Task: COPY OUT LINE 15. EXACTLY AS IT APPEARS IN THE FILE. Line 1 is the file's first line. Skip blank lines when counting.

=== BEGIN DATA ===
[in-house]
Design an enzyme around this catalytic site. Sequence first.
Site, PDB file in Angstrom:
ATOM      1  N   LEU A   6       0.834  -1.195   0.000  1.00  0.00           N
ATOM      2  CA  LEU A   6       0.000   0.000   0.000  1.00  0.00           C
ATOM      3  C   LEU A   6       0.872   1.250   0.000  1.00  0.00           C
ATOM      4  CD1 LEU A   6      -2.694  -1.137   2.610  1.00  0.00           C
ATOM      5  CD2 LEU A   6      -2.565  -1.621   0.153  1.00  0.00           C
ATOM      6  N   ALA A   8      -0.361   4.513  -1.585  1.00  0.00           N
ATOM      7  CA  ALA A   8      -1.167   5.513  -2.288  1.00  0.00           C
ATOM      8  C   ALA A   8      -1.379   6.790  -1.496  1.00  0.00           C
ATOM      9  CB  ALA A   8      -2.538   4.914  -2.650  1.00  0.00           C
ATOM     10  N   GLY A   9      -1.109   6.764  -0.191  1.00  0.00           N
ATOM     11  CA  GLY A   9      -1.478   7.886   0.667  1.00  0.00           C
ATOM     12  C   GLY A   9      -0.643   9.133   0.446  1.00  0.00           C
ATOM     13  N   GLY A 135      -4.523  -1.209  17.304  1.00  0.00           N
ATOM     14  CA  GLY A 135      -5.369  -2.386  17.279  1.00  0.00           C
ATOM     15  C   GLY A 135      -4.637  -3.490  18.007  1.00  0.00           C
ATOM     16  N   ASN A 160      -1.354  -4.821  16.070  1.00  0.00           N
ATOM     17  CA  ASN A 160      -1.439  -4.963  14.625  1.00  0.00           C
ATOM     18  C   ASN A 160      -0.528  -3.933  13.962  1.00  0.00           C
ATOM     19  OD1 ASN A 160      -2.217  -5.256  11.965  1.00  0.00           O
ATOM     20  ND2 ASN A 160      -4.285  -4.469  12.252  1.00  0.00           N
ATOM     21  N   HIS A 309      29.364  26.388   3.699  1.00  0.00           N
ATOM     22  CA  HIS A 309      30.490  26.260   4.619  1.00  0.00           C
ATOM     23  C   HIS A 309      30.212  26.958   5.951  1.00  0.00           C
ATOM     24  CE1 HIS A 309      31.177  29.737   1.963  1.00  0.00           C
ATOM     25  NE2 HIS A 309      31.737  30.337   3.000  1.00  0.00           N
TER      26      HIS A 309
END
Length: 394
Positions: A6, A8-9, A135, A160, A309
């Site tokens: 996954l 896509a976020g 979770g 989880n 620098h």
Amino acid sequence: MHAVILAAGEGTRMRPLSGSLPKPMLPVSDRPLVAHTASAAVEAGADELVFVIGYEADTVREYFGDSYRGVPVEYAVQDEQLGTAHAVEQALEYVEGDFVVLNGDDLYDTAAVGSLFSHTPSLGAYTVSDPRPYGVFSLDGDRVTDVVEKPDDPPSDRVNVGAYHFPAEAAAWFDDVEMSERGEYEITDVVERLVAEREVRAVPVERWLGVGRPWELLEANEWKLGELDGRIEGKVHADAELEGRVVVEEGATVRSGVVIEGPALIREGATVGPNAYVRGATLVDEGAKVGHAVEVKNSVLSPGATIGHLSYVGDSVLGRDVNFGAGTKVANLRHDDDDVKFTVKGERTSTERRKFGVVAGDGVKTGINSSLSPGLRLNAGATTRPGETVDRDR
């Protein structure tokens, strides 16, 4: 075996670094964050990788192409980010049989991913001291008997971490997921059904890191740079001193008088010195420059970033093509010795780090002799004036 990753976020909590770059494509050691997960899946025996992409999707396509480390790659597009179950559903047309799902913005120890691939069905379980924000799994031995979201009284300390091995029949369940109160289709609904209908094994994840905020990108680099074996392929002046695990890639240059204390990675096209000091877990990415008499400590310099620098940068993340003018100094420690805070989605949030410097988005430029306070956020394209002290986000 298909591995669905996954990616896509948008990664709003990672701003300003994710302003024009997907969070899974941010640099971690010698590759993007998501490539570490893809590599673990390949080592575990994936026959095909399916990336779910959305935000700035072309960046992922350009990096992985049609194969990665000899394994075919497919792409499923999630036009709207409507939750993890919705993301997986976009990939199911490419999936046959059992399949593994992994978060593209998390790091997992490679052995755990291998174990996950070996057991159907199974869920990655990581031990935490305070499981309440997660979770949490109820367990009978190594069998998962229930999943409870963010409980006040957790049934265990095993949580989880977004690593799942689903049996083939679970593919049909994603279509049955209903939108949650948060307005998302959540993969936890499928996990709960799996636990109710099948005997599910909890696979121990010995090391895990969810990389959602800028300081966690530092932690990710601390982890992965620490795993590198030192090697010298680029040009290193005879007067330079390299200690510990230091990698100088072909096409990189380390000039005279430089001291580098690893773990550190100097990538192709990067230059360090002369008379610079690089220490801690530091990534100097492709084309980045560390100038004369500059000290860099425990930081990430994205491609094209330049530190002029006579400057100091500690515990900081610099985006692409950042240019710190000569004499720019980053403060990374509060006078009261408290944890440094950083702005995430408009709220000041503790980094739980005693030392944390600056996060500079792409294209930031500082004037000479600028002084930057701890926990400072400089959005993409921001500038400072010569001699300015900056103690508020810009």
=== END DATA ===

ATOM     12  C   GLY A   9      -0.643   9.133   0.446  1.00  0.00           C